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Raiders Williams Made a Big Splash, Gone in a Flash

In the vast history of the Las Vegas Raiders running back success, don't forget the great Harvey Williams.

Harvey Williams might have been one of the best running backs in Oakland-Los Angeles-Las Vegas Raiders history had Napoleon Kaufman, and Coach Jon Gruden, not come along.

The 6-2, 220-pound Williams was selected by the Kansas City Chiefs with the 21st overall pick of the 1991 National Football League out of LSU, where despite knee injuries he rushed for 2,860 yards and 27 touchdowns in addition to catching 73 passes for 879 yards and four scores in his career and being named All-Southeastern Conference as a senior.

In his first two seasons with the Chiefs, Williams played a backup role to Barry Word and Christian Okoye, rushing for a total of 858 yards and two touchdowns in addition to catching 28 passes for 218 yards and three scores.

In 1993, former Raiders star Marcus Allen signed with the Chiefs as a free agent and Williams saw the handwriting on the wall, so the next season he left Kansas City and signed as a free agent with the Raiders.

Having seen both sides of the Raiders-Chiefs rivalry, Williams said this about it: “Only one word, ‘blood.’”

Williams was pretty much an instant sensation for the Raiders, rushing for 983 yards and four touchdowns in addition to catching 47 passes for 391 yards and three more scores while completing his only pass for 13 yards and another touchdown.

The following season, Williams was even better, rushing for 1,114 yards and nine touchdowns including a 60-yarder, while catching 54 passes for 354 yards.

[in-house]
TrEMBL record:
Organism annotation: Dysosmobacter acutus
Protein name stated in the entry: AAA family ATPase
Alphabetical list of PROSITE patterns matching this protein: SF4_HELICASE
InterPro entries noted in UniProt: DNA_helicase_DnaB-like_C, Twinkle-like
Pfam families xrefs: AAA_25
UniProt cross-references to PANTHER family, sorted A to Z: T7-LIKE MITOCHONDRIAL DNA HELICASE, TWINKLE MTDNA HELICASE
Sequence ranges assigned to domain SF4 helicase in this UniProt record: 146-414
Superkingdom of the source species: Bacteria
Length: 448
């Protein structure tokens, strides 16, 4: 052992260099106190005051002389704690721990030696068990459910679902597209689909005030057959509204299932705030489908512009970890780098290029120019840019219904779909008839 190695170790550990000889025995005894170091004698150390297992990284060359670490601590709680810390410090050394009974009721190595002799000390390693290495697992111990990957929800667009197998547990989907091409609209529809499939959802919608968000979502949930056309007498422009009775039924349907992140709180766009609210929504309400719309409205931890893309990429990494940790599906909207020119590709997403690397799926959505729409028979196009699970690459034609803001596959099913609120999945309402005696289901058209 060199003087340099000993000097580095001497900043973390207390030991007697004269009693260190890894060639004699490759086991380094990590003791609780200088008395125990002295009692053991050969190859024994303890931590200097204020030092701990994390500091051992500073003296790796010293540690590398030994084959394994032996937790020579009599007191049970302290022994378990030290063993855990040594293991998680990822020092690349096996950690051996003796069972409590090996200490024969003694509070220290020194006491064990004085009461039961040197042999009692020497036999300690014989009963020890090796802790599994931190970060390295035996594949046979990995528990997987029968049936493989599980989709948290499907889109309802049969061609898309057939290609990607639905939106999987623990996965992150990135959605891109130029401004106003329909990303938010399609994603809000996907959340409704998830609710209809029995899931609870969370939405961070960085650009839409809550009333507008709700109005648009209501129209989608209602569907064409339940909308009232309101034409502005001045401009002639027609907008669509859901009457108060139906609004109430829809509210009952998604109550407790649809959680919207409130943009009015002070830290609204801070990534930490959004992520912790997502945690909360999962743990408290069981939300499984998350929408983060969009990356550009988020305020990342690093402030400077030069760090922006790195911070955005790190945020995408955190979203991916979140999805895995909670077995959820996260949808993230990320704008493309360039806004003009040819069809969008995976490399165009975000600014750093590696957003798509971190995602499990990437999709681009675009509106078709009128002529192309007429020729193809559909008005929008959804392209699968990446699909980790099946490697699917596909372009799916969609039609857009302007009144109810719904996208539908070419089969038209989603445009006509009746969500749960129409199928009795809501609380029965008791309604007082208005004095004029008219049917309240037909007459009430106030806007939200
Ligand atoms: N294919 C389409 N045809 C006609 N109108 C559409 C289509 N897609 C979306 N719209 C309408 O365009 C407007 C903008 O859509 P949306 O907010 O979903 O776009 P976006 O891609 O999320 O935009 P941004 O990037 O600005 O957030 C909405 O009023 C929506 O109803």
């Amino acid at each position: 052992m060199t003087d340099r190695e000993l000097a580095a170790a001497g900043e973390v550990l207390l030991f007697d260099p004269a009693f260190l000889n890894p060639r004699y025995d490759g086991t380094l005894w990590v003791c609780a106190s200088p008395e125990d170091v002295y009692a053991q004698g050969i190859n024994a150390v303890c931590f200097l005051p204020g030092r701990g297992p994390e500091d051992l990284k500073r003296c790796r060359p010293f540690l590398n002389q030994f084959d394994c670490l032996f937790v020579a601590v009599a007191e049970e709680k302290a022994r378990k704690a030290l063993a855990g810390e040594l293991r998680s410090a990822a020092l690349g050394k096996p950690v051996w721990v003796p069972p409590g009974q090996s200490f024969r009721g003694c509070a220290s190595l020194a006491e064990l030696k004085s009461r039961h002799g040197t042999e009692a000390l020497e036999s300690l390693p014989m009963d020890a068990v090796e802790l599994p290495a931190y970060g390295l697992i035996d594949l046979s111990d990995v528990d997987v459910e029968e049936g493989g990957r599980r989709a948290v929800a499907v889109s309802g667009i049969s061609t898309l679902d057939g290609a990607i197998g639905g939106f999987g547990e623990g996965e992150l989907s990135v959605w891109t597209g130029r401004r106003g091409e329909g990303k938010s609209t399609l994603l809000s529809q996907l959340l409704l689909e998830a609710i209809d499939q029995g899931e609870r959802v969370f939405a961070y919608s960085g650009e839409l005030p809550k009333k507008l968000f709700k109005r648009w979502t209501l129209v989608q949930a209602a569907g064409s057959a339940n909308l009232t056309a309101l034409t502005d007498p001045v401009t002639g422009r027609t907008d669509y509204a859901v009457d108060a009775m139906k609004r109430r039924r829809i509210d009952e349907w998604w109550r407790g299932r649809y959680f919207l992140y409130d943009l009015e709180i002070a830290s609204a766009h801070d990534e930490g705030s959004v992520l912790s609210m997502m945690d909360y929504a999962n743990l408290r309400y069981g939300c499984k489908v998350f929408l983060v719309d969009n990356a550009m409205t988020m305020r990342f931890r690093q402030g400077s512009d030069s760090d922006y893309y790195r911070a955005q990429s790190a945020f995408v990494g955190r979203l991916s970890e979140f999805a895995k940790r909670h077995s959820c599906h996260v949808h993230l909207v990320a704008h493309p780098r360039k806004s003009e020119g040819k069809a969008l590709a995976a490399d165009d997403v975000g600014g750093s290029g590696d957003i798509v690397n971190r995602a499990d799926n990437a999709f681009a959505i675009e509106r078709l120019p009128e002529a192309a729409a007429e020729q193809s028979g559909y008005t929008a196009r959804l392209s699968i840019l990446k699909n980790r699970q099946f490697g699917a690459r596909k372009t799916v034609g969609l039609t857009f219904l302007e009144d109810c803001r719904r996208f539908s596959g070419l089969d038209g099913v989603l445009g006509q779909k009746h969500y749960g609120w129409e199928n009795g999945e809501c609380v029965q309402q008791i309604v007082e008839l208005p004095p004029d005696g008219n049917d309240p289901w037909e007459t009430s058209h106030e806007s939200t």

In a game in that 1995 season, Williams rushed for 160 yards and a 25-yard touchdown, in addition to throwing an 18-yard scoring pass to tight end Andrew Glover in a 34-14 rout of the Seattle Seahawks at the Oakland Coliseum.

“Harvey is an outstanding back,” Coach Mike White said after the game. “People don’t put him in the upper echelon with Barry Sanders and those guys, but to me he is a tremendous runner. He just got stronger as the game went along.”

Added quarterback Jeff Hostetler: “When we’re running like we did today, we get in that mode of just trying to stuff it down people's throats. Harvey Williams was absolutely great. Harvey had a great game.”

However, Williams was beaten out for the starting job in 1996 by Napoleon Kaufmann, the Raiders’ No. 1 choice (No. 18 overall) in the 1995 NFL Draft out of Washington.

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Williams was moved to tight end and had one more big game for the Raiders.

In 1997, Williams rushed four times for seven yards and two one-yard touchdowns, in addition to catching three passes for 59 yards and two more scores of eight and 32 yards from quarterback Jeff George in a 38-13 trouncing of the San Diego Chargers in a Sunday Night Football Game at Qualcomm Stadium in San Diego.

That was virtually it for Williams with the Raiders, even though he rushed for 496 yards and two touchdowns in addition to catching 26 passes for 173 yards in 1998, his last season with the Silver and Black. He ranks 11th on the Raiders’ all-time rushing list with 3,094 yards, plus 23 total touchdowns in six seasons.

But during that season, Williams gave Coach Jon Gruden the nickname of “Chucky” after the cartoon character.

“Har-vey Will-iams,” Gruden said of when it happened in 1998. “He went the wrong way on an audible. Ninety-six is to the right, 97 is to the left: We called a 96, and he went 97. The guy went the other way. Of course, there were only five major television networks at the game, and 70,000 fans there booing. Sorry for getting upset. Gee.

“Next thing I know, a newspaper has a picture of Chucky next to a picture of me. Next thing I know, no one knows my name anymore.”

When the Raiders released Williams after that season, Gruden said: “It was tough. Harvey’s a good football player and I know he’s going to play good football somewhere else.”

Even though he gained 496 yards rushing as a backup that season, Williams never played in the NFL again.

Kaufman, the man the Raiders decided was better than Williams, is fourth on the Raiders’ all-time rushing list with 4,792 yards and 12 touchdowns in his six-year career as a starter, but he retired in 2001 to become a Christian minister.

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